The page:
You may be surprised by how many people take laxatives or stool softeners every day. Many of these products were prescribed by a medical provider. When people who have chronic constipation come to our office, we ask questions to determine the cause of their constipation so that we can treat their constipation without the side effects associated with laxatives.
No Single Cause of Constipation
There is no single cause of constipation and often people will have more than one of the root causes on this list.
- Inadequate water intake – This is a very common cause of constipation especially in professions like medical providers, utility workers, and educators where it is difficult to go to the bathroom. There are many other health benefits to drinking water because water helps your body eliminate what it does not need. People who are chronically dehydrated often complain of headaches, muscle cramps, and fatigue.
- Inadequate fiber intake – Prevention of constipation is yet another reason to eat your vegetables. Excessive intake of simple carbohydrates and meats can cause constipation. Some people take a psyllium husk fiber supplement which is a great option but you get more nutritional benefit from eating vegetables, flax seeds, or chia seeds.
- Lack of exercise – Your intestines rely on full body movement to support the movement of food and stool through the intestines. People who are constipated because of being sedentary often notice improvement with simple changes like parking farther away from the door and taking the stairs instead of the elevator.
- SIBO with high methanogens – SIBO (small intestinal bacterial overgrowth) often causes painful bloating. There are some normal gut bacteria that process foods into methane gas. When these bacteria overgrow, they can cause constipation by multiple mechanisms. If you have painful bloating, we may want to consider testing for SIBO which involves breath testing for levels of hydrogen and methane.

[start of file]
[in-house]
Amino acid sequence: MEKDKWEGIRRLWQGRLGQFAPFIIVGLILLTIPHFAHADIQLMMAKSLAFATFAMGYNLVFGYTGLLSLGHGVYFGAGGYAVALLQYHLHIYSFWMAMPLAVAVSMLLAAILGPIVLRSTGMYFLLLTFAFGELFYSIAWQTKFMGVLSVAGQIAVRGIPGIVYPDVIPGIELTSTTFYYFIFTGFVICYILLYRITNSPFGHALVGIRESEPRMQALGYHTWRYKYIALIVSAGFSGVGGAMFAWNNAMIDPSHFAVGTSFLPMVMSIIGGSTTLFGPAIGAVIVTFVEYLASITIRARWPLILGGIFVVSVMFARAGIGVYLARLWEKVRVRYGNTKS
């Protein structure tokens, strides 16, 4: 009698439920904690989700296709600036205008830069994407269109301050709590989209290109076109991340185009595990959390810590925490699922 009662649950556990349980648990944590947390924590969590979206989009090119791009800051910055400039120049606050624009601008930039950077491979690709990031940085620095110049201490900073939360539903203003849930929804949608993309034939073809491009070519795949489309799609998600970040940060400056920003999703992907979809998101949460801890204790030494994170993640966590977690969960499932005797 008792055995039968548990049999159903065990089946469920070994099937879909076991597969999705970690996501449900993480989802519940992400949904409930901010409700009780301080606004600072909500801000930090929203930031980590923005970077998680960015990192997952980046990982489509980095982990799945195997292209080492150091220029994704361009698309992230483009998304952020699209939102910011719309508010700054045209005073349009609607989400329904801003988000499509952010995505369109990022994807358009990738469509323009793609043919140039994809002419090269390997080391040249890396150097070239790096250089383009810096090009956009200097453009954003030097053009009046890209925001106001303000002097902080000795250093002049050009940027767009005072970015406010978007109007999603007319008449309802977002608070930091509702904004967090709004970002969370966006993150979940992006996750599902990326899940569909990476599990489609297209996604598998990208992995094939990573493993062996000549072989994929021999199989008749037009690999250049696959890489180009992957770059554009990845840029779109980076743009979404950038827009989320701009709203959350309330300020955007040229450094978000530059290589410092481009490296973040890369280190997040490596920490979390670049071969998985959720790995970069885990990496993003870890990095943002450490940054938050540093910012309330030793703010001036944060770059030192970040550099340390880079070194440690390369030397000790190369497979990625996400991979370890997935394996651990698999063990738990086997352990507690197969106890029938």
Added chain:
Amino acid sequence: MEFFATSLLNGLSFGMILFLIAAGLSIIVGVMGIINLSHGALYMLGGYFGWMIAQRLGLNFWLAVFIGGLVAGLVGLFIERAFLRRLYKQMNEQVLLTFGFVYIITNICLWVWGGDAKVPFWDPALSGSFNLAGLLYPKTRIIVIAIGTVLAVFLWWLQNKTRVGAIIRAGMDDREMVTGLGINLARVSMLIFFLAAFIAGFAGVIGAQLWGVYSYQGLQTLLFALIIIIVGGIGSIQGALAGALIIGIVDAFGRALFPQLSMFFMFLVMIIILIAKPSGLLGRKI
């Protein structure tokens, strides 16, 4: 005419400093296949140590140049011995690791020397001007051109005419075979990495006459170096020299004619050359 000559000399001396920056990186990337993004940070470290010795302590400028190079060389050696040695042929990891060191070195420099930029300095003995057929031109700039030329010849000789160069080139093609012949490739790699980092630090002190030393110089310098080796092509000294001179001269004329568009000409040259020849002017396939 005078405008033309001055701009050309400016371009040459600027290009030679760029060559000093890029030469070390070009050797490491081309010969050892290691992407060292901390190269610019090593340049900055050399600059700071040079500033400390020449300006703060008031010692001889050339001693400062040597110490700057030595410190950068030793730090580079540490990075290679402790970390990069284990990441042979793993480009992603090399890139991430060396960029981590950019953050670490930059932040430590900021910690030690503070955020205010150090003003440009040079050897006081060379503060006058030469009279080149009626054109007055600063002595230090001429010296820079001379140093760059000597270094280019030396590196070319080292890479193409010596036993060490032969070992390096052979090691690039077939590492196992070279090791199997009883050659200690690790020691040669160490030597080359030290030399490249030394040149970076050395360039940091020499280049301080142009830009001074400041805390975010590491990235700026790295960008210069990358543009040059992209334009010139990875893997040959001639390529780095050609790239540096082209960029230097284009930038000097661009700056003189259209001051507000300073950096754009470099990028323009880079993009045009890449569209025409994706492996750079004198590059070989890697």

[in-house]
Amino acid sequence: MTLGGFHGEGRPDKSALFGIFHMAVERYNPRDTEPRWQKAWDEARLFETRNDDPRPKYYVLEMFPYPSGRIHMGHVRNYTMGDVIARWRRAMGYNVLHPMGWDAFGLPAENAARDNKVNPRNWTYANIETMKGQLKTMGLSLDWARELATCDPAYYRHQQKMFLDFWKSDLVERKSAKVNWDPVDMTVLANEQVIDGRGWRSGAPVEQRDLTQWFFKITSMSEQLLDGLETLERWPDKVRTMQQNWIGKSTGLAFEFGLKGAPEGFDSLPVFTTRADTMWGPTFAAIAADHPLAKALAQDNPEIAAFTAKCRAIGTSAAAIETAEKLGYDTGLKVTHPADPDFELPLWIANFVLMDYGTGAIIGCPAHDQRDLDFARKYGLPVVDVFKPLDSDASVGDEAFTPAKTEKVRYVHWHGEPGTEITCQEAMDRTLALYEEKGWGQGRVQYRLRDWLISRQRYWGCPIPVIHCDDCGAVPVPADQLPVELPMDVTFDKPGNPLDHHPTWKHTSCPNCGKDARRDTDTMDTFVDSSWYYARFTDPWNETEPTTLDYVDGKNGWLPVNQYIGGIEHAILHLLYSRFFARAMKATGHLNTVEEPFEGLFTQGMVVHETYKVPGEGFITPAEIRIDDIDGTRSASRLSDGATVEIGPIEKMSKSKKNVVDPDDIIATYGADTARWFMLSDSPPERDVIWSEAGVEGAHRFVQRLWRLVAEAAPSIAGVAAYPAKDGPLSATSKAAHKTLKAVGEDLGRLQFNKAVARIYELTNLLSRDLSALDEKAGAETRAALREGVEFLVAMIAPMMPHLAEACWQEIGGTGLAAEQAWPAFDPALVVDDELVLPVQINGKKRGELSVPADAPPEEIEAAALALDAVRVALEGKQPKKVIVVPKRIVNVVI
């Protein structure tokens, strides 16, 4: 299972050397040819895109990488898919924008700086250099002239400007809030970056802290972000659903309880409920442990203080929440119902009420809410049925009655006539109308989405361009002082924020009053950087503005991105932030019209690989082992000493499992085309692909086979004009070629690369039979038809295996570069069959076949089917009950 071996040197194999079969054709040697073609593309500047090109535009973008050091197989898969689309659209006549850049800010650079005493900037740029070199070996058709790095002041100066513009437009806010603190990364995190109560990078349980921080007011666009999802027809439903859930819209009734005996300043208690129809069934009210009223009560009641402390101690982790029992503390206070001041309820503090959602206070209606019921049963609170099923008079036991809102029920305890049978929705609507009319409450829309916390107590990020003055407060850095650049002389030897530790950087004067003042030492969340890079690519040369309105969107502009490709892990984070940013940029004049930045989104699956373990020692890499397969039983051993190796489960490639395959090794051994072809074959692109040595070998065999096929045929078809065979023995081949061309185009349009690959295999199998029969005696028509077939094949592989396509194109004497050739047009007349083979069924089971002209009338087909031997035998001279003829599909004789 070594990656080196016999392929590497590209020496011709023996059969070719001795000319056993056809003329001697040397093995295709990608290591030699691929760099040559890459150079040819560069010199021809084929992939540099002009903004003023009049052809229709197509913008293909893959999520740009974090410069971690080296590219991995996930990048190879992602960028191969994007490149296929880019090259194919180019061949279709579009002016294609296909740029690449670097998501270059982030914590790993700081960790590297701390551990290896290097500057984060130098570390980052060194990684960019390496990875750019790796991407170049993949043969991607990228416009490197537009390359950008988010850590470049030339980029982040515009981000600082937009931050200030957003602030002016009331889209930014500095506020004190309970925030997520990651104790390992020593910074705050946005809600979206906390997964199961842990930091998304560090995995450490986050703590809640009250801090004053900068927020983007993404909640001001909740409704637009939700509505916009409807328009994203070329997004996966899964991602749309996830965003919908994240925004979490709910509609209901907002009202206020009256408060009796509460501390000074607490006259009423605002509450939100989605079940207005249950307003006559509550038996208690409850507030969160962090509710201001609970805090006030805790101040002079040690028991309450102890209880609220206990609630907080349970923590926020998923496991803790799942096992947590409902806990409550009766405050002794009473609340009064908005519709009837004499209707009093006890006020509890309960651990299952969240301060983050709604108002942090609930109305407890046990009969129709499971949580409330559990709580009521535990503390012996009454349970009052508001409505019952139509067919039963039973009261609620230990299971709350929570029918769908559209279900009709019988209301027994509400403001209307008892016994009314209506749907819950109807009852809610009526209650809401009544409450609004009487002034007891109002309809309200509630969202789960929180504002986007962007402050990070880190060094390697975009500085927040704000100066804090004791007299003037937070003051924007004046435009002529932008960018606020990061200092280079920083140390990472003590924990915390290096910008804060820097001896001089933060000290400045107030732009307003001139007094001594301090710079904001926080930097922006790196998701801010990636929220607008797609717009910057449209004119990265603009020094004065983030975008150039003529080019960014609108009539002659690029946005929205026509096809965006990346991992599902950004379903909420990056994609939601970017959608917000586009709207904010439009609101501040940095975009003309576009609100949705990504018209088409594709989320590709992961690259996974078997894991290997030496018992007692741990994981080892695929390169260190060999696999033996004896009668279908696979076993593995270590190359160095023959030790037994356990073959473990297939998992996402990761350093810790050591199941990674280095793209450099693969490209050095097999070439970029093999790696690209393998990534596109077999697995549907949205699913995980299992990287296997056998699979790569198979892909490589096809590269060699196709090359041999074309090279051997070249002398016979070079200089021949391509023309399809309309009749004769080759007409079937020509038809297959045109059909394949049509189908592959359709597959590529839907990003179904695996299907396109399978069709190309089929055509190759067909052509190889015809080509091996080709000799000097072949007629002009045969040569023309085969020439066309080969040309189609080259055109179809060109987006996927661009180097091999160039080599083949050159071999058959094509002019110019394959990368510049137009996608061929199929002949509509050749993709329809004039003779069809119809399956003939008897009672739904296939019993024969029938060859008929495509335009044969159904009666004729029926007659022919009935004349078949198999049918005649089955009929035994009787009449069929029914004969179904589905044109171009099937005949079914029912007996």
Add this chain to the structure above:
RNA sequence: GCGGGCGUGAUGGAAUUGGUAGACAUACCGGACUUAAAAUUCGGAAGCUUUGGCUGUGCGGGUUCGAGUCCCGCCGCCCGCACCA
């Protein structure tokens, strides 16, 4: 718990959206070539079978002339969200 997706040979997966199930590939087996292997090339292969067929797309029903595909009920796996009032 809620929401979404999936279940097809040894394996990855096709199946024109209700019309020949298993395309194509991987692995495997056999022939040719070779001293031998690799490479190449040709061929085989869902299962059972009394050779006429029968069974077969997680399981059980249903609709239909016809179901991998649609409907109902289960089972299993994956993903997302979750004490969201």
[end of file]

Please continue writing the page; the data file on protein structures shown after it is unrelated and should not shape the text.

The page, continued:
- Hypothyroidism – People with hypothyroidism (low thyroid function) often experience fatigue, constipation, hair loss, weight gain, and dry skin. Sometimes people will present with symptoms of hypothyroidism but their thyroid is fine. This is often related to stress hormones which affect the function of thyroid hormones in the body. More on this in the future.
- Pelvic floor muscle tightness (also known as dyssynergic defecation) – There are multiple muscles in the pelvic floor that can cause constipation because they prevent the passage of stool. These are the levator ani, the anal sphincters, and the puborectalis. These muscles become tight due to injury, the chronic holding of stool, or as a reaction to painful bowel movements. I (Dr. Gwenn) use Holistic Pelvic Care, a manual therapy to release those muscles and help people retrain the muscles to contract and release. People with constipation due to tight pelvic floor muscles often experience a lot of straining with bowel movements and sometimes experience burning pain around the rectum.
- Food intolerances – Cheese, bread, and underripe bananas are constipating foods for many people without technically being food intolerances. Food intolerances are often associated with diarrhea but I have seen many patients note a significant improvement in their constipation after doing food intolerance testing and removing the foods that were indicated. Constipation related to food intolerances is often intermittent and is often associated with hemorrhoids.
- Hormonal imbalances – It is normal for women to have some bowel changes during their menstrual cycle but sometimes when estrogen and progesterone are out of balance, women will get severely constipated. This type of constipation often follows the menstrual cycle and may be associated with heavy periods, painful menstrual cramps, breast tenderness, and/or migraines.
- Low levels of digestive enzymes – When people complain of food feeling like a brick in their stomach or feeling excessively full after small meals, we often need to address digestive enzymes. Digestive enzyme production can decrease with aging, stress, hormonal imbalance, or gallbladder removal.
No two people with constipation will leave with the same treatment plan because our goal is to prevent the constipation by addressing whatever caused it in the first place. Our primary diagnostic tool is a thorough conversation about the onset, triggers, and nature of the constipation as well as a larger conversation about systems that are related to the function and movement of the gastrointestinal system. If needed, we order stool testing, blood work, or imaging to confirm a diagnosis.
If you’re experiencing constipation, please contact our office for a consultation so we can work together to treat the root causes.